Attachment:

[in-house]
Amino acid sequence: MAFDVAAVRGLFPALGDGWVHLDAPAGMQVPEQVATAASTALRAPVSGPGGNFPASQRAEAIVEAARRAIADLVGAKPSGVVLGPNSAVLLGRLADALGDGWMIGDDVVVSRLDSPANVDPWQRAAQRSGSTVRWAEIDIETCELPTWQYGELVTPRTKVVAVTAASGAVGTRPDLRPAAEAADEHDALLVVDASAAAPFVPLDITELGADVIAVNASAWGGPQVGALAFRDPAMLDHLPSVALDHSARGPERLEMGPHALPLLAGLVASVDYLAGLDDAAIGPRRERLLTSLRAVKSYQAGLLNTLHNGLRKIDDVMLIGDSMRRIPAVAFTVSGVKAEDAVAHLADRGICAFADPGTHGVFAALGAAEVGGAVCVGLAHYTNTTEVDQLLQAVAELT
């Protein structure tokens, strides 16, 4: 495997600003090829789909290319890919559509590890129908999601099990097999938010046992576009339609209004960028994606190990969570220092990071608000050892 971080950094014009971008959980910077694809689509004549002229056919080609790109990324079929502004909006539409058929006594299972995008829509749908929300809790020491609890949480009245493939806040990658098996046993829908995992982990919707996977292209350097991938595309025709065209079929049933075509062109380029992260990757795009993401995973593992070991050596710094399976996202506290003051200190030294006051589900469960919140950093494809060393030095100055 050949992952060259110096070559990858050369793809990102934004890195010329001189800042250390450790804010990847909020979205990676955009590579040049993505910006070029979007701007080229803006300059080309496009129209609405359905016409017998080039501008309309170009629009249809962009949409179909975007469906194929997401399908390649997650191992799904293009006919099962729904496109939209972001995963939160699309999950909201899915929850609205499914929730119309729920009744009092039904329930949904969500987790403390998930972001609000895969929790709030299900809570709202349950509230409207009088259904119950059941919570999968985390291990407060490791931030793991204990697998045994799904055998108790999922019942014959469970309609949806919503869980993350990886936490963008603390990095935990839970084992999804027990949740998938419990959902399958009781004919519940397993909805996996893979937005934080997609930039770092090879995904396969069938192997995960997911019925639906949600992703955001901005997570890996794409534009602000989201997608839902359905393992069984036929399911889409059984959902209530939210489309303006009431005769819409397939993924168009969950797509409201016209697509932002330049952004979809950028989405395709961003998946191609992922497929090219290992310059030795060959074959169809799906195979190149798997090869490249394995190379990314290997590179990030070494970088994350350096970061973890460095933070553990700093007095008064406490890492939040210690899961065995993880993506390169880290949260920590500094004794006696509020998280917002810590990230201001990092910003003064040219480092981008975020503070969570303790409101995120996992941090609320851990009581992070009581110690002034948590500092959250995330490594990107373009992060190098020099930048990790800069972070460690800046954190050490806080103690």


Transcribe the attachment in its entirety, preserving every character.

[in-house]
Amino acid sequence: MAFDVAAVRGLFPALGDGWVHLDAPAGMQVPEQVATAASTALRAPVSGPGGNFPASQRAEAIVEAARRAIADLVGAKPSGVVLGPNSAVLLGRLADALGDGWMIGDDVVVSRLDSPANVDPWQRAAQRSGSTVRWAEIDIETCELPTWQYGELVTPRTKVVAVTAASGAVGTRPDLRPAAEAADEHDALLVVDASAAAPFVPLDITELGADVIAVNASAWGGPQVGALAFRDPAMLDHLPSVALDHSARGPERLEMGPHALPLLAGLVASVDYLAGLDDAAIGPRRERLLTSLRAVKSYQAGLLNTLHNGLRKIDDVMLIGDSMRRIPAVAFTVSGVKAEDAVAHLADRGICAFADPGTHGVFAALGAAEVGGAVCVGLAHYTNTTEVDQLLQAVAELT
């Protein structure tokens, strides 16, 4: 495997600003090829789909290319890919559509590890129908999601099990097999938010046992576009339609209004960028994606190990969570220092990071608000050892 971080950094014009971008959980910077694809689509004549002229056919080609790109990324079929502004909006539409058929006594299972995008829509749908929300809790020491609890949480009245493939806040990658098996046993829908995992982990919707996977292209350097991938595309025709065209079929049933075509062109380029992260990757795009993401995973593992070991050596710094399976996202506290003051200190030294006051589900469960919140950093494809060393030095100055 050949992952060259110096070559990858050369793809990102934004890195010329001189800042250390450790804010990847909020979205990676955009590579040049993505910006070029979007701007080229803006300059080309496009129209609405359905016409017998080039501008309309170009629009249809962009949409179909975007469906194929997401399908390649997650191992799904293009006919099962729904496109939209972001995963939160699309999950909201899915929850609205499914929730119309729920009744009092039904329930949904969500987790403390998930972001609000895969929790709030299900809570709202349950509230409207009088259904119950059941919570999968985390291990407060490791931030793991204990697998045994799904055998108790999922019942014959469970309609949806919503869980993350990886936490963008603390990095935990839970084992999804027990949740998938419990959902399958009781004919519940397993909805996996893979937005934080997609930039770092090879995904396969069938192997995960997911019925639906949600992703955001901005997570890996794409534009602000989201997608839902359905393992069984036929399911889409059984959902209530939210489309303006009431005769819409397939993924168009969950797509409201016209697509932002330049952004979809950028989405395709961003998946191609992922497929090219290992310059030795060959074959169809799906195979190149798997090869490249394995190379990314290997590179990030070494970088994350350096970061973890460095933070553990700093007095008064406490890492939040210690899961065995993880993506390169880290949260920590500094004794006696509020998280917002810590990230201001990092910003003064040219480092981008975020503070969570303790409101995120996992941090609320851990009581992070009581110690002034948590500092959250995330490594990107373009992060190098020099930048990790800069972070460690800046954190050490806080103690």